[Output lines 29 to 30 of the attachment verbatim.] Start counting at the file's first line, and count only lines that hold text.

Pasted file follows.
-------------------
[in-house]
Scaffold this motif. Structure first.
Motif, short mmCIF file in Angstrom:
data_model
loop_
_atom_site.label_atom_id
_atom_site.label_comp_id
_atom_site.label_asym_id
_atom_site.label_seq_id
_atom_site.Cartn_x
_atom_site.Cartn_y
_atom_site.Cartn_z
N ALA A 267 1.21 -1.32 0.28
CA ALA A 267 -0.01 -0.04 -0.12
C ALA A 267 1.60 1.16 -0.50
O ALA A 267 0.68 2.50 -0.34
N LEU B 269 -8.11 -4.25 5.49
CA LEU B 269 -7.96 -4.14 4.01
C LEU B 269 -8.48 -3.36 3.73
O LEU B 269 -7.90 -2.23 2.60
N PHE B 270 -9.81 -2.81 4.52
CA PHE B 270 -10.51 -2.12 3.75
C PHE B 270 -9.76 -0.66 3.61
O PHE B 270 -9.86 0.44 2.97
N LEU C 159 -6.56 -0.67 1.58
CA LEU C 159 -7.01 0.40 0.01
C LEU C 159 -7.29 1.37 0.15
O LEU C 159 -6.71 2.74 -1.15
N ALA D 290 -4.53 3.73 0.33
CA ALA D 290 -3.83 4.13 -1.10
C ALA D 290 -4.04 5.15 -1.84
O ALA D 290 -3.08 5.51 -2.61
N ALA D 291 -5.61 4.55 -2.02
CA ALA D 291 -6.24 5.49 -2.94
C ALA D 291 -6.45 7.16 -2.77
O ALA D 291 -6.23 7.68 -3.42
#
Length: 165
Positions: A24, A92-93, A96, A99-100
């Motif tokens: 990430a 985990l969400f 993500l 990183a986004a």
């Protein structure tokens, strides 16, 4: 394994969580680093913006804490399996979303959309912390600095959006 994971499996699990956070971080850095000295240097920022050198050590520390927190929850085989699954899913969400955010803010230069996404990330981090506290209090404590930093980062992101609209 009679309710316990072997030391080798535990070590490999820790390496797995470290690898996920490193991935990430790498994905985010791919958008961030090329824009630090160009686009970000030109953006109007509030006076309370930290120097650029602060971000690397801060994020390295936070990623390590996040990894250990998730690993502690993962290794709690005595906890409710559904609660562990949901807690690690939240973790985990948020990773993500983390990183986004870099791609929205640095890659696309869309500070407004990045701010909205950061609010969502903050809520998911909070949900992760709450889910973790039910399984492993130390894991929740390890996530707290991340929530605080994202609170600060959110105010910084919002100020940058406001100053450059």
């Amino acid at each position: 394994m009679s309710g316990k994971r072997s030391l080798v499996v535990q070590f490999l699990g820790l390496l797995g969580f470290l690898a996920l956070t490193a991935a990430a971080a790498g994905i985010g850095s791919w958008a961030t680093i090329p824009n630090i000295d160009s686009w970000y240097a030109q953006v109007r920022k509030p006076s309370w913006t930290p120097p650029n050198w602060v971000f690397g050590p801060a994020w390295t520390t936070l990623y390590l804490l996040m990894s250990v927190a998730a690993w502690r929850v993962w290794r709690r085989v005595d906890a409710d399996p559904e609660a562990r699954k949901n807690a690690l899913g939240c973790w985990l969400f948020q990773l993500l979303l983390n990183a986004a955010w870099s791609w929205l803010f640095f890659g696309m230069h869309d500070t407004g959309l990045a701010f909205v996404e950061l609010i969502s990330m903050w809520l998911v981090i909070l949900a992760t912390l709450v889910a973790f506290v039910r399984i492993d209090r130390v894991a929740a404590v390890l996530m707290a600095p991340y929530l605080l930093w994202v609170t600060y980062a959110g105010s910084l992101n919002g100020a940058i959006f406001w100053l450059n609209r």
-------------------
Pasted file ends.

N ALA D 290 -4.53 3.73 0.33
CA ALA D 290 -3.83 4.13 -1.10